The three activities proposed had compatibility with the local context. Some participants had worked with organic compost and chicken coop as separate projects, but not everyone had continued. The greatest motivation to start the orchard was to take advantage of the seeds that were donated. Interviews suggested that few people had chickens, hence the lack of interest in the coop. Most people in the locality worked in agriculture, however, the seeds provided for the orchard were different from traditional crops.

I had the seeds, I had to sow them.” (Roberta, 2013, female, 30 years old).

These innovations were perceived as the most difficult ones among what was proposed. Complexity was due to the fact that for its implementation there was a need to have space, buy the necessary materials, and invest time in construction and maintenance. Only 28% (n = 28/100) of them still had an orchard at the time the questionnaire was conducted (Table 5). Some of the reasons to abandon the orchard were lack of seeds, water, or time availability. About 48% (n = 45/93) of participants had already stopped composting before the survey was conducted. Other reasons that interrupted having an orchard included plagues or animals that had eaten the garden (roosters, chickens, and cows). Some of the factors listed as reasons to abandon the composting were not having enough water, organic material, space, or time. Other reasons listed were having it been destroyed by animals (pigs, chickens, cows) or that the project had come to an end, so the support stopped as well.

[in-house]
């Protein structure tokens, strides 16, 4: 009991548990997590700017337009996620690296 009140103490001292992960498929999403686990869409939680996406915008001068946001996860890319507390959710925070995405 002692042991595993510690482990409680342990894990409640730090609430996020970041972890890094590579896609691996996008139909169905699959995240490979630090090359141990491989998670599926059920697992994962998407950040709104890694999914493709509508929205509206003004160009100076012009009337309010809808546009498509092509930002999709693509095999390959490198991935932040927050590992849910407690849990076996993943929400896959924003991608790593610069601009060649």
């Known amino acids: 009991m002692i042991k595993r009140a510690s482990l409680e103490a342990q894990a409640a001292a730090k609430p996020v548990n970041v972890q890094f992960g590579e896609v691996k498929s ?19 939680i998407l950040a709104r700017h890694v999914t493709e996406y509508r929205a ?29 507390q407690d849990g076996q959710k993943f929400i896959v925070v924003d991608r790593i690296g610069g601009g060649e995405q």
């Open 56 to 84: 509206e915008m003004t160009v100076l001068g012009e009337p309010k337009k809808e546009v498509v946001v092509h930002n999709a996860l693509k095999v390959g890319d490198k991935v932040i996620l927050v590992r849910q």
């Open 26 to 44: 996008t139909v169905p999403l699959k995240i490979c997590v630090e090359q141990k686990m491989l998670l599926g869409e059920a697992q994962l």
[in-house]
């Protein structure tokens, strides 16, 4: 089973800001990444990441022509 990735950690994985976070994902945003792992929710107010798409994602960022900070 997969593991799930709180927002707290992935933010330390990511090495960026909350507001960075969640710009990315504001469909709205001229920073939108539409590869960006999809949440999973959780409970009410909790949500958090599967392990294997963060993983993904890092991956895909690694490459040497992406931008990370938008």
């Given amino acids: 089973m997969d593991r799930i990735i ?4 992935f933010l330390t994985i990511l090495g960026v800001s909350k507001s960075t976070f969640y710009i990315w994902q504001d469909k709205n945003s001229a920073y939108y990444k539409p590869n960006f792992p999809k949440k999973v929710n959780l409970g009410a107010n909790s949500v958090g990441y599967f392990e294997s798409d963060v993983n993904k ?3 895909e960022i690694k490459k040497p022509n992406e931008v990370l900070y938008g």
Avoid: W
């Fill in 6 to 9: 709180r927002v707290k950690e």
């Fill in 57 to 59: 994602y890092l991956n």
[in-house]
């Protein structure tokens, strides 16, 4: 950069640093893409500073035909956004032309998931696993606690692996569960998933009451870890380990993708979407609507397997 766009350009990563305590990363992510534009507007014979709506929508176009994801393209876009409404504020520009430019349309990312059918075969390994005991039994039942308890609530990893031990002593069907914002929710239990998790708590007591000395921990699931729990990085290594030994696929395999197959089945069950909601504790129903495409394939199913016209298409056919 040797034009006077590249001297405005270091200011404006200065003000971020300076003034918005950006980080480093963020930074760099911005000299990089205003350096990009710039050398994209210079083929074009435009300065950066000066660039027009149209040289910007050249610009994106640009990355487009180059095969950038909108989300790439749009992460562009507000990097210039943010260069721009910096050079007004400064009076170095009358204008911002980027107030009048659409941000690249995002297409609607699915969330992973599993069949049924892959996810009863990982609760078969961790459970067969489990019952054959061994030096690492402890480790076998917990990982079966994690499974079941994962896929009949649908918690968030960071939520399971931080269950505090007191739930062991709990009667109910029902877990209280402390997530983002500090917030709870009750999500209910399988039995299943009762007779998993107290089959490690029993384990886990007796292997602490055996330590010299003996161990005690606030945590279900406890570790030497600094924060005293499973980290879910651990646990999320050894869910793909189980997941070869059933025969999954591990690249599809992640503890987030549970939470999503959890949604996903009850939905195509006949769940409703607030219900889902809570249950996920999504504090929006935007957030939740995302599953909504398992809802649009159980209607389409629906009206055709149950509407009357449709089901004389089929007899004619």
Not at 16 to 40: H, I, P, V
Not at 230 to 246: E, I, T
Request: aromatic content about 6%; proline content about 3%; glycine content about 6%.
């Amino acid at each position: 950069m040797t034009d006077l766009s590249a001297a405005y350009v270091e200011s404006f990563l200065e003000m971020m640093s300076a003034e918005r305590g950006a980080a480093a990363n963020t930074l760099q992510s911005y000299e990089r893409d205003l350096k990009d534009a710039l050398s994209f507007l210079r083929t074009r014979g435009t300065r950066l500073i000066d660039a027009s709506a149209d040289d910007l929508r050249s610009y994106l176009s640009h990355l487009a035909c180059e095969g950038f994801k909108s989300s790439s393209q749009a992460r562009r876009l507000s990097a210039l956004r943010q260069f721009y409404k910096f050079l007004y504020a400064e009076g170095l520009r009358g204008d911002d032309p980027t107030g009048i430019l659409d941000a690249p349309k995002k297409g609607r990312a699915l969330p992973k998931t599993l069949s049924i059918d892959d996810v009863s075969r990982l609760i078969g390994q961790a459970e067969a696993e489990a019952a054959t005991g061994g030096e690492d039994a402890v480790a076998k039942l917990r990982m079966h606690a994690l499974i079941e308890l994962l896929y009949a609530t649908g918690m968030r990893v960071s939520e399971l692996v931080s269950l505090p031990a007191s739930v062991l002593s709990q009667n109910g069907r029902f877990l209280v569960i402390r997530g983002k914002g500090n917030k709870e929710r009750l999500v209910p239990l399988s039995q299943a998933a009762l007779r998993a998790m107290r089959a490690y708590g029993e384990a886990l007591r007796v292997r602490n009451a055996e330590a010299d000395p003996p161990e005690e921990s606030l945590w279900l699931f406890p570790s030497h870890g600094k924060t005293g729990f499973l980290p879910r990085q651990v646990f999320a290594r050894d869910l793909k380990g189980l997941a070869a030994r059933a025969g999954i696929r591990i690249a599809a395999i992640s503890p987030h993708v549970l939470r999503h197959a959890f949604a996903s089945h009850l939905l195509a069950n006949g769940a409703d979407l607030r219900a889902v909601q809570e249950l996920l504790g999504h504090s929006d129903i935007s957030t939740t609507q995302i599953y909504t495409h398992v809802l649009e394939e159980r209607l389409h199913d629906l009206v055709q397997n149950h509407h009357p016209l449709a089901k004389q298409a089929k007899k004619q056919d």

Sometimes the soil is hard, when you have this organic fertilizer that you take from the compost bin, you can mix it and with that you get a softer and more nutritious soil so that the plant grows well, although now it hasn’t grown much because sometimes too much water doesn’t let anything grow.” (Rafael, 2013, male, 50 years old).

For the trialability attribute of this innovation, we relied on the four pilot chicken coops in the intervention communities, since some participants already had chicken coops at home, as well as a structure for the garden and the compost bin. Many of the participants affirmed that our intervention triggered their will to implement one or more activities in their houses. Given that these innovations were located outside the houses, there was some opportunity for observability among neighbors. However, participants reported that they did not know about their neighbors’ chicken and outdoor management practices.

I used to have them [the chickens] all over the house and now I keep them in one place. I vaccinate them and take care of them more.” (Laura, 2013, female, 50 years old).